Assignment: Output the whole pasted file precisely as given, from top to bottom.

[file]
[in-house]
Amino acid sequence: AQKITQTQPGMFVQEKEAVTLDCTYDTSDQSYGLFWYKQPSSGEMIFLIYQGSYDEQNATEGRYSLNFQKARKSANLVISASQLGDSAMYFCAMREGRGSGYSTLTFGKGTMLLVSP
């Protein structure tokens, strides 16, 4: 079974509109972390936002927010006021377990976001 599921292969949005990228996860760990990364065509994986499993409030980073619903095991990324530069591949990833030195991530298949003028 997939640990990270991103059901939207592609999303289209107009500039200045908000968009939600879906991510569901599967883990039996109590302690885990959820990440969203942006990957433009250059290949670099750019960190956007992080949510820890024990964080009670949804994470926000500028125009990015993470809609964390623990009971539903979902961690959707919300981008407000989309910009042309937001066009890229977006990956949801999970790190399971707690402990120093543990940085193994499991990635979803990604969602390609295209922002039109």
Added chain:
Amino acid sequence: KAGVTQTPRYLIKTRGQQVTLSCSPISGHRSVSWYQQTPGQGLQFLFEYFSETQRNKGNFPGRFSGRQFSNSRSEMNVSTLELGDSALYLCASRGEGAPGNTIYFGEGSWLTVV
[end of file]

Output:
[in-house]
Amino acid sequence: AQKITQTQPGMFVQEKEAVTLDCTYDTSDQSYGLFWYKQPSSGEMIFLIYQGSYDEQNATEGRYSLNFQKARKSANLVISASQLGDSAMYFCAMREGRGSGYSTLTFGKGTMLLVSP
């Protein structure tokens, strides 16, 4: 079974509109972390936002927010006021377990976001 599921292969949005990228996860760990990364065509994986499993409030980073619903095991990324530069591949990833030195991530298949003028 997939640990990270991103059901939207592609999303289209107009500039200045908000968009939600879906991510569901599967883990039996109590302690885990959820990440969203942006990957433009250059290949670099750019960190956007992080949510820890024990964080009670949804994470926000500028125009990015993470809609964390623990009971539903979902961690959707919300981008407000989309910009042309937001066009890229977006990956949801999970790190399971707690402990120093543990940085193994499991990635979803990604969602390609295209922002039109």
Added chain:
Amino acid sequence: KAGVTQTPRYLIKTRGQQVTLSCSPISGHRSVSWYQQTPGQGLQFLFEYFSETQRNKGNFPGRFSGRQFSNSRSEMNVSTLELGDSALYLCASRGEGAPGNTIYFGEGSWLTVV